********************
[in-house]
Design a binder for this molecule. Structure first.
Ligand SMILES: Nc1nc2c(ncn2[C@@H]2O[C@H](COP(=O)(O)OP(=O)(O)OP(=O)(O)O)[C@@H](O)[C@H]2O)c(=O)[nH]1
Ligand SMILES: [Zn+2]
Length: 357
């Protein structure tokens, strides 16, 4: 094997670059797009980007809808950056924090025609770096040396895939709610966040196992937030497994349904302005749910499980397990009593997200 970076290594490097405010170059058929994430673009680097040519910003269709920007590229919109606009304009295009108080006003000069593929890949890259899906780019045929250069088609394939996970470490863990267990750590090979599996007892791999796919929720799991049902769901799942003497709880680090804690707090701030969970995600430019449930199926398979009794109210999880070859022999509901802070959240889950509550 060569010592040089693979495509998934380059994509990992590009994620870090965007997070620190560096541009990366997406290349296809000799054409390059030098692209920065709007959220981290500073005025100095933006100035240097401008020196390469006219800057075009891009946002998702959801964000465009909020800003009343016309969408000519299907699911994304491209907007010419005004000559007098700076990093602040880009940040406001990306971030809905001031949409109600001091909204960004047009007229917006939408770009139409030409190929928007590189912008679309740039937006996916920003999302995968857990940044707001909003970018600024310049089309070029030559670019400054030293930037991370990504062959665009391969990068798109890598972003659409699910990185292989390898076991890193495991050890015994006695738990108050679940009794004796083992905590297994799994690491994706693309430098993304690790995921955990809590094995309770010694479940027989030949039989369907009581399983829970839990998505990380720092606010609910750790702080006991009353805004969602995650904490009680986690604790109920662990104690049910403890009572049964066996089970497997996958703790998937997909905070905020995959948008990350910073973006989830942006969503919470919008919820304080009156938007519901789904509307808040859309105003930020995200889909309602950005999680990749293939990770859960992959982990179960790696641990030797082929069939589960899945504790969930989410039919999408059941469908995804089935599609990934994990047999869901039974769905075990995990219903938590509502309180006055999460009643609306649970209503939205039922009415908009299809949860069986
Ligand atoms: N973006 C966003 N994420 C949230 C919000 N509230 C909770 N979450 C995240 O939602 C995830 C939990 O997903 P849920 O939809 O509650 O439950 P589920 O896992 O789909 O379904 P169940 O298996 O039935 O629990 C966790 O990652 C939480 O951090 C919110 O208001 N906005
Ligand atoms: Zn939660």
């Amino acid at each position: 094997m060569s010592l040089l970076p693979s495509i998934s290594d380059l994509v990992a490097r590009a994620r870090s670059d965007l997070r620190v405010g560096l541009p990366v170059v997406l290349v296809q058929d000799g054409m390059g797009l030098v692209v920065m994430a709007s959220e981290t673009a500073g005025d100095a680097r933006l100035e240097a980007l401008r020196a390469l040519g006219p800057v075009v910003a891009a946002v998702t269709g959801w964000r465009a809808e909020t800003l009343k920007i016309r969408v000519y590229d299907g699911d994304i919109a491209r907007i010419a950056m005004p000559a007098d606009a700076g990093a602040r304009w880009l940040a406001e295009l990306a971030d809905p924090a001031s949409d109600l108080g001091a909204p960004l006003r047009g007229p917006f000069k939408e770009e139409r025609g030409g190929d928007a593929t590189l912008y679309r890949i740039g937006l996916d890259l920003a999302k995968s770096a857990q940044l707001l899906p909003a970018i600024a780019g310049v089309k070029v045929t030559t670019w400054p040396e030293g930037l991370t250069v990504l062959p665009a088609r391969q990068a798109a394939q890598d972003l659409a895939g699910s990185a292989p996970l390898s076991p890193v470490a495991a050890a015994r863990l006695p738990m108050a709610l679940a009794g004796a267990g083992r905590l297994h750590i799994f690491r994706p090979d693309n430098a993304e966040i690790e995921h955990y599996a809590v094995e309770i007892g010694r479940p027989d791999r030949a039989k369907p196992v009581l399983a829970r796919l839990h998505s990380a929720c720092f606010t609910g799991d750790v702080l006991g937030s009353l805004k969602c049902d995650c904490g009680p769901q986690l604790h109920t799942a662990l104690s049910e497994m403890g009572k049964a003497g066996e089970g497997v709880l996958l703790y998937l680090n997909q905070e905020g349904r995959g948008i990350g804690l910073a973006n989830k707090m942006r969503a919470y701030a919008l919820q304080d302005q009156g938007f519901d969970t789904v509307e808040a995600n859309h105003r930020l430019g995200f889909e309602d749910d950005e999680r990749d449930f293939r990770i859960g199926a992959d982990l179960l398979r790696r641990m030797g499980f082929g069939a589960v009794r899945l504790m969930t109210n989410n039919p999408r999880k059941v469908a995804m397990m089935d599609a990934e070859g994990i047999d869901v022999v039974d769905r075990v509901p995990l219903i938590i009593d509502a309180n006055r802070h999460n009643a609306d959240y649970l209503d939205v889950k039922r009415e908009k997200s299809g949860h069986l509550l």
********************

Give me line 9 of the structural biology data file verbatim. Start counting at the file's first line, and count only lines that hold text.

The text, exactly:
């Amino acid at each position: 094997m060569s010592l040089l970076p693979s495509i998934s290594d380059l994509v990992a490097r590009a994620r870090s670059d965007l997070r620190v405010g560096l541009p990366v170059v997406l290349v296809q058929d000799g054409m390059g797009l030098v692209v920065m994430a709007s959220e981290t673009a500073g005025d100095a680097r933006l100035e240097a980007l401008r020196a390469l040519g006219p800057v075009v910003a891009a946002v998702t269709g959801w964000r465009a809808e909020t800003l009343k920007i016309r969408v000519y590229d299907g699911d994304i919109a491209r907007i010419a950056m005004p000559a007098d606009a700076g990093a602040r304009w880009l940040a406001e295009l990306a971030d809905p924090a001031s949409d109600l108080g001091a909204p960004l006003r047009g007229p917006f000069k939408e770009e139409r025609g030409g190929d928007a593929t590189l912008y679309r890949i740039g937006l996916d890259l920003a999302k995968s770096a857990q940044l707001l899906p909003a970018i600024a780019g310049v089309k070029v045929t030559t670019w400054p040396e030293g930037l991370t250069v990504l062959p665009a088609r391969q990068a798109a394939q890598d972003l659409a895939g699910s990185a292989p996970l390898s076991p890193v470490a495991a050890a015994r863990l006695p738990m108050a709610l679940a009794g004796a267990g083992r905590l297994h750590i799994f690491r994706p090979d693309n430098a993304e966040i690790e995921h955990y599996a809590v094995e309770i007892g010694r479940p027989d791999r030949a039989k369907p196992v009581l399983a829970r796919l839990h998505s990380a929720c720092f606010t609910g799991d750790v702080l006991g937030s009353l805004k969602c049902d995650c904490g009680p769901q986690l604790h109920t799942a662990l104690s049910e497994m403890g009572k049964a003497g066996e089970g497997v709880l996958l703790y998937l680090n997909q905070e905020g349904r995959g948008i990350g804690l910073a973006n989830k707090m942006r969503a919470y701030a919008l919820q304080d302005q009156g938007f519901d969970t789904v509307e808040a995600n859309h105003r930020l430019g995200f889909e309602d749910d950005e999680r990749d449930f293939r990770i859960g199926a992959d982990l179960l398979r790696r641990m030797g499980f082929g069939a589960v009794r899945l504790m969930t109210n989410n039919p999408r999880k059941v469908a995804m397990m089935d599609a990934e070859g994990i047999d869901v022999v039974d769905r075990v509901p995990l219903i938590i009593d509502a309180n006055r802070h999460n009643a609306d959240y649970l209503d939205v889950k039922r009415e908009k997200s299809g949860h069986l509550l």